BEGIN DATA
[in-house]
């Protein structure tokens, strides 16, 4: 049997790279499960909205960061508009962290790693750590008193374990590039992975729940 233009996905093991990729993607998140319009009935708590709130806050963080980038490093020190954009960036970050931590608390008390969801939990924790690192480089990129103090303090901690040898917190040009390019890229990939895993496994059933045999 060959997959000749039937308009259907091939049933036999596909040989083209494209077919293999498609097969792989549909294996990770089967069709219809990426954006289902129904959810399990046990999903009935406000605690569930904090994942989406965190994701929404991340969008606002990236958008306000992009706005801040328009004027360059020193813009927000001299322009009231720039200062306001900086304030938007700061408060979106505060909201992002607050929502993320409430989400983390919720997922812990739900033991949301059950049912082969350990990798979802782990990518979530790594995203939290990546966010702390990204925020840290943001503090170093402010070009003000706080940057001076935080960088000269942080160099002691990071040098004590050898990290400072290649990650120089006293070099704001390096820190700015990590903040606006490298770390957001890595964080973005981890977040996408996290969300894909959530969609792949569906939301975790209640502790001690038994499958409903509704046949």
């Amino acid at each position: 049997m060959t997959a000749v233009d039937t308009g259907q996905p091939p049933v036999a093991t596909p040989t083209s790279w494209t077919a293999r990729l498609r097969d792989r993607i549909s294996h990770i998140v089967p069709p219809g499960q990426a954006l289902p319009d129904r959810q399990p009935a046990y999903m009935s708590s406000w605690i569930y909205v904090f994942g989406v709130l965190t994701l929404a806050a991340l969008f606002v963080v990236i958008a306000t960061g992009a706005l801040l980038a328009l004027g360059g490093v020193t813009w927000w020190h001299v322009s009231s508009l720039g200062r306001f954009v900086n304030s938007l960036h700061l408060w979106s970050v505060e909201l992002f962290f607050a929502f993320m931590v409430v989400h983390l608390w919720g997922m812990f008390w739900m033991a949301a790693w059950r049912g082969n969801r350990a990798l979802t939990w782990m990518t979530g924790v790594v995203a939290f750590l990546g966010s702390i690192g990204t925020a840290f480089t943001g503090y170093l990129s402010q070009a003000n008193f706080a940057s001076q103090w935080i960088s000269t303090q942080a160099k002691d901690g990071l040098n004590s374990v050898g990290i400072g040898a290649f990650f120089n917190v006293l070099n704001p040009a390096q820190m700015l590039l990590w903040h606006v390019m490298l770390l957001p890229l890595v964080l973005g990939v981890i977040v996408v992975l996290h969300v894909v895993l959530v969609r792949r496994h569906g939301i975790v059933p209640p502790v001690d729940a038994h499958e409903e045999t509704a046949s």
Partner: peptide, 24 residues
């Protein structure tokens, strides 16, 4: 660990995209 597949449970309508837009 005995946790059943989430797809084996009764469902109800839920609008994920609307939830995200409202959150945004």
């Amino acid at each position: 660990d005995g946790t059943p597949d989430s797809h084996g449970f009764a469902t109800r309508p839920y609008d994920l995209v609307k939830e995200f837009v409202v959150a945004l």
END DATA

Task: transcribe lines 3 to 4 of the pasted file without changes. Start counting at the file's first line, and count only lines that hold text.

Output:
């Amino acid at each position: 049997m060959t997959a000749v233009d039937t308009g259907q996905p091939p049933v036999a093991t596909p040989t083209s790279w494209t077919a293999r990729l498609r097969d792989r993607i549909s294996h990770i998140v089967p069709p219809g499960q990426a954006l289902p319009d129904r959810q399990p009935a046990y999903m009935s708590s406000w605690i569930y909205v904090f994942g989406v709130l965190t994701l929404a806050a991340l969008f606002v963080v990236i958008a306000t960061g992009a706005l801040l980038a328009l004027g360059g490093v020193t813009w927000w020190h001299v322009s009231s508009l720039g200062r306001f954009v900086n304030s938007l960036h700061l408060w979106s970050v505060e909201l992002f962290f607050a929502f993320m931590v409430v989400h983390l608390w919720g997922m812990f008390w739900m033991a949301a790693w059950r049912g082969n969801r350990a990798l979802t939990w782990m990518t979530g924790v790594v995203a939290f750590l990546g966010s702390i690192g990204t925020a840290f480089t943001g503090y170093l990129s402010q070009a003000n008193f706080a940057s001076q103090w935080i960088s000269t303090q942080a160099k002691d901690g990071l040098n004590s374990v050898g990290i400072g040898a290649f990650f120089n917190v006293l070099n704001p040009a390096q820190m700015l590039l990590w903040h606006v390019m490298l770390l957001p890229l890595v964080l973005g990939v981890i977040v996408v992975l996290h969300v894909v895993l959530v969609r792949r496994h569906g939301i975790v059933p209640p502790v001690d729940a038994h499958e409903e045999t509704a046949s």
Partner: peptide, 24 residues